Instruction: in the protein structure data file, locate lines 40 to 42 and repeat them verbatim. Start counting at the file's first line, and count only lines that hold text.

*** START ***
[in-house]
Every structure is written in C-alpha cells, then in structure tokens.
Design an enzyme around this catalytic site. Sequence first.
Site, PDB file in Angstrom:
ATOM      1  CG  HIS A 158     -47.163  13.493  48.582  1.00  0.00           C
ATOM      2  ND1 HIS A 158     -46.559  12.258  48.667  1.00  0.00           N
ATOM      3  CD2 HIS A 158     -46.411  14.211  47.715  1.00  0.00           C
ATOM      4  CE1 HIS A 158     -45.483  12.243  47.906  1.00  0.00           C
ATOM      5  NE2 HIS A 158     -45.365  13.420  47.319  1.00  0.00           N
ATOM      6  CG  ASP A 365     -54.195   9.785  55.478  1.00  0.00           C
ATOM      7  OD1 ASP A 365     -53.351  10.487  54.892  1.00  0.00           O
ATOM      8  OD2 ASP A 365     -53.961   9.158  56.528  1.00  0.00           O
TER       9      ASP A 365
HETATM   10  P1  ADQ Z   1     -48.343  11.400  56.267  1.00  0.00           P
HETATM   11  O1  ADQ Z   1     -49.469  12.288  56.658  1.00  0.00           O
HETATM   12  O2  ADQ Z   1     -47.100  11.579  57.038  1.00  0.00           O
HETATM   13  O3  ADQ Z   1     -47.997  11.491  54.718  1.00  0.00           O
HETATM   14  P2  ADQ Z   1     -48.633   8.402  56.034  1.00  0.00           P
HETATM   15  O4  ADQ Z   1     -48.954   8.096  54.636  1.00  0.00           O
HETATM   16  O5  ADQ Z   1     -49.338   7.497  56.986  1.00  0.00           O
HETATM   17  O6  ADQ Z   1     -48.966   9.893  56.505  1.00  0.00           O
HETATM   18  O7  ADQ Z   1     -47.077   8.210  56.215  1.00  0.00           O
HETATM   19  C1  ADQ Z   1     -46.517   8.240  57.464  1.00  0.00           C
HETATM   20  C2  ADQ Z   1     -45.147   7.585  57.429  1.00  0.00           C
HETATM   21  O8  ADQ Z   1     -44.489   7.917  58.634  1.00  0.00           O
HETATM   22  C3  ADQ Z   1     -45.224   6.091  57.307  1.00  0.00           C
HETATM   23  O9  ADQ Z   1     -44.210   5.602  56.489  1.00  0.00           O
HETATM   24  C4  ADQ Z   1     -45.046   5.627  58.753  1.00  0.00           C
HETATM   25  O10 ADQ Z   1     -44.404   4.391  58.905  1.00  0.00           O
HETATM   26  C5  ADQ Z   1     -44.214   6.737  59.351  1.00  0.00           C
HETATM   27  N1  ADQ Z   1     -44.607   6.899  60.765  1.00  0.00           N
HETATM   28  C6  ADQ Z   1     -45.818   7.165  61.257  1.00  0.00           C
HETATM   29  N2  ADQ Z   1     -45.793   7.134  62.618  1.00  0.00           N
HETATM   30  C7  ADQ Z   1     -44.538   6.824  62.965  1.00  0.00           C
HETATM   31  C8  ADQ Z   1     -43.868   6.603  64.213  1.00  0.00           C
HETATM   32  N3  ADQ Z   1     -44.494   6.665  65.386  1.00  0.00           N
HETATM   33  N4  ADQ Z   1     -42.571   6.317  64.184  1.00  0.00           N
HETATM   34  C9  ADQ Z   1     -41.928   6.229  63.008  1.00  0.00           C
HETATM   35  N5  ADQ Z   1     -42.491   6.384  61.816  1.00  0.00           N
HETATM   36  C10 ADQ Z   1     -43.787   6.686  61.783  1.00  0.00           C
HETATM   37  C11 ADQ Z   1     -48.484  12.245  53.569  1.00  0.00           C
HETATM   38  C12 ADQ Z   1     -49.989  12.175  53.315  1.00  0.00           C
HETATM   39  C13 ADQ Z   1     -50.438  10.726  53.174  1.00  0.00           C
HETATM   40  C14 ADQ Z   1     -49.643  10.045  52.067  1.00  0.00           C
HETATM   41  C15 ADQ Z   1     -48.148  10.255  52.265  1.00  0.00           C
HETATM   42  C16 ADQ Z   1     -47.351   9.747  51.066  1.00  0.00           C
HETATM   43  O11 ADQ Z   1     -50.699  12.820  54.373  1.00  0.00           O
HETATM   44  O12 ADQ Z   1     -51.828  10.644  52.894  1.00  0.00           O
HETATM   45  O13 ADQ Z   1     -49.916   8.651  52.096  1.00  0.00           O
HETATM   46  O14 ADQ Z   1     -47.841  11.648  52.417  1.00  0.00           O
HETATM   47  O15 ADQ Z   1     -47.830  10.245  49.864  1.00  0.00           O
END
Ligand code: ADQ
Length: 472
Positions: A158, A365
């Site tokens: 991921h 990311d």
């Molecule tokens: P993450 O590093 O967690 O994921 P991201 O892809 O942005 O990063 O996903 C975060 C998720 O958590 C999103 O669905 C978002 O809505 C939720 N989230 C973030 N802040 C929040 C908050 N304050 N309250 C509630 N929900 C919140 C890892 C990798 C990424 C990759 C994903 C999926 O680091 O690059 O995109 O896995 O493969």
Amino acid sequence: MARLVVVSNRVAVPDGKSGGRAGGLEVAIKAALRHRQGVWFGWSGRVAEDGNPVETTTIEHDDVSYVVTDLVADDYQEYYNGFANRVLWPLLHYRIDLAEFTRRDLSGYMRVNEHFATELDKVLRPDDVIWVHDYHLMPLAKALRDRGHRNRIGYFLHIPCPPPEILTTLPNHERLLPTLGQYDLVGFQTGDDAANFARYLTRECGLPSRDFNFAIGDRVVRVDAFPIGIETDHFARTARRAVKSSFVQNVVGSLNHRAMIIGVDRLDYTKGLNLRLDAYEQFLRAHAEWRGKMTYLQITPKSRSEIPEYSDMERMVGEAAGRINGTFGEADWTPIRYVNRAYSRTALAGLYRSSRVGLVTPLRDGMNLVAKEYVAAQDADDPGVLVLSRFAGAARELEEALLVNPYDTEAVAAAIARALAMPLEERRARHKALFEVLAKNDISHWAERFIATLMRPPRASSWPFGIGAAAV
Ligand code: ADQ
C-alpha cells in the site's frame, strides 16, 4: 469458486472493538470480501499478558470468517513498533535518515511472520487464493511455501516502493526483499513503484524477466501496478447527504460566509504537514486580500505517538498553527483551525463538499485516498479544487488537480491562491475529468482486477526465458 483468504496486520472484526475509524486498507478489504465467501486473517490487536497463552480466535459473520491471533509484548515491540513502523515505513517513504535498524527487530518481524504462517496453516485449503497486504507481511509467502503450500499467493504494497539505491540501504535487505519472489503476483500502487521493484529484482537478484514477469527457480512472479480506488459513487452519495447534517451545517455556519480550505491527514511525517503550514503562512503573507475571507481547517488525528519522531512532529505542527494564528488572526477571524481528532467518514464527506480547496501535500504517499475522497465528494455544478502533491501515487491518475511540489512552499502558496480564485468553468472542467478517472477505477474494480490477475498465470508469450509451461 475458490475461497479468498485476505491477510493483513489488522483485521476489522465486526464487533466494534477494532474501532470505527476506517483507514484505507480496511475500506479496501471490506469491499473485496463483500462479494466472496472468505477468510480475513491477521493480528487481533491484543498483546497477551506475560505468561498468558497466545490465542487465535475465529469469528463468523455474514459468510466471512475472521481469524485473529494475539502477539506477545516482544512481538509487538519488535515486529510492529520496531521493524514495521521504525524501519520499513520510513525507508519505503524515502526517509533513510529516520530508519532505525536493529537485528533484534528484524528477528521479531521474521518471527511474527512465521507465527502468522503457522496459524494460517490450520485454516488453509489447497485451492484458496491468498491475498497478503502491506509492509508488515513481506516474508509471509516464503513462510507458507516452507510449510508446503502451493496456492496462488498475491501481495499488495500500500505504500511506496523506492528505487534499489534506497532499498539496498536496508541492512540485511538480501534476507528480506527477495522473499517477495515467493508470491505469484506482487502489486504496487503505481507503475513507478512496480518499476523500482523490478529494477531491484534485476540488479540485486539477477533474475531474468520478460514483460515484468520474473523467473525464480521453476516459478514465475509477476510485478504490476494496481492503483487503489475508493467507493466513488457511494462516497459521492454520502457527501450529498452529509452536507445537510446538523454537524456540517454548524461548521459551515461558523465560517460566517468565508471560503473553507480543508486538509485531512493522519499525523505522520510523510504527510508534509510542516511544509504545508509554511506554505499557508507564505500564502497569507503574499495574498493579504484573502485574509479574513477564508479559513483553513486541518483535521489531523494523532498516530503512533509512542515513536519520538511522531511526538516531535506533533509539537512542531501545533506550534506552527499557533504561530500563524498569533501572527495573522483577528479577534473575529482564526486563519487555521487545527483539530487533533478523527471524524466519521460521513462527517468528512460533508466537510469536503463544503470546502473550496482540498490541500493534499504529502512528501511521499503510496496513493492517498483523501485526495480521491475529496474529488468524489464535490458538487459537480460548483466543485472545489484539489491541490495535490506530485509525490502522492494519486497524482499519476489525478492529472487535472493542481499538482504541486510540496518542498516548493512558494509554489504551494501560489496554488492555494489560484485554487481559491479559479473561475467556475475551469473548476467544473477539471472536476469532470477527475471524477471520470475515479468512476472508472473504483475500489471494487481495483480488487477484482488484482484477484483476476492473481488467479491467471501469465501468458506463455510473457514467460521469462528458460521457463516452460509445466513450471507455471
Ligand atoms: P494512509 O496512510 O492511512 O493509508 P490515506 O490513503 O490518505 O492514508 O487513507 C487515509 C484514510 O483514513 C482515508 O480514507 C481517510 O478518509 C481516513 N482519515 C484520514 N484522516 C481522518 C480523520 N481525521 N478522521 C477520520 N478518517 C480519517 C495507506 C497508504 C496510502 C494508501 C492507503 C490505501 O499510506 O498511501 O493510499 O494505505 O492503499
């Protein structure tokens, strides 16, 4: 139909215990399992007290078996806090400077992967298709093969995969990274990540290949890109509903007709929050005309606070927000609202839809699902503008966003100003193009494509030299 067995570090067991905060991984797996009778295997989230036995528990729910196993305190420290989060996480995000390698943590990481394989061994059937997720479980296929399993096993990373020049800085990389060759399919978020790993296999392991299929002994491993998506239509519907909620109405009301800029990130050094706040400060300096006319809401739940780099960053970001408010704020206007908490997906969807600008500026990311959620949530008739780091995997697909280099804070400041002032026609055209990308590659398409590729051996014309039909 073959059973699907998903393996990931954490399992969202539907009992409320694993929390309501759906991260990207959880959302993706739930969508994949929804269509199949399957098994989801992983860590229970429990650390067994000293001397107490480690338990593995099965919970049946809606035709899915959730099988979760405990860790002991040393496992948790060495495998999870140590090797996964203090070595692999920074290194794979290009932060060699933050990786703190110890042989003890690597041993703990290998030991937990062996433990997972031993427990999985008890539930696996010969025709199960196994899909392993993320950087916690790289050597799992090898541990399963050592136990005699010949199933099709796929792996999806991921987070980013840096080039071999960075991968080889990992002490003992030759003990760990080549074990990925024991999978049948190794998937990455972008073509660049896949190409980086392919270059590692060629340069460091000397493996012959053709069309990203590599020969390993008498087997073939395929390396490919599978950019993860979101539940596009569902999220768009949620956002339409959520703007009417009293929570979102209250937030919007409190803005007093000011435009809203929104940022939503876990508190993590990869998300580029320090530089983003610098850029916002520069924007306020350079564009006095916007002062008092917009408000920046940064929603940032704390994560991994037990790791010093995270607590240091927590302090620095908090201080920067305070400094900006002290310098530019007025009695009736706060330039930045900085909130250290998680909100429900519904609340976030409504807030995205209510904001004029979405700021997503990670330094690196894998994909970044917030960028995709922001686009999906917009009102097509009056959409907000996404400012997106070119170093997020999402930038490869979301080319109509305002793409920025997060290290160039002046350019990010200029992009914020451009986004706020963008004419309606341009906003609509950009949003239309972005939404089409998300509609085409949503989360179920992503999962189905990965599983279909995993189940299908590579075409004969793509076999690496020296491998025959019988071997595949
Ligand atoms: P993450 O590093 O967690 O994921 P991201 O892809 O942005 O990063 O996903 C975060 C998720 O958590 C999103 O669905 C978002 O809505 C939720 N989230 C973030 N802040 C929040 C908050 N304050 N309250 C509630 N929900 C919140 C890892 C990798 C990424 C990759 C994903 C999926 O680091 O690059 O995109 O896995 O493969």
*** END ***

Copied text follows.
HETATM   36  C10 ADQ Z   1     -43.787   6.686  61.783  1.00  0.00           C
HETATM   37  C11 ADQ Z   1     -48.484  12.245  53.569  1.00  0.00           C
HETATM   38  C12 ADQ Z   1     -49.989  12.175  53.315  1.00  0.00           C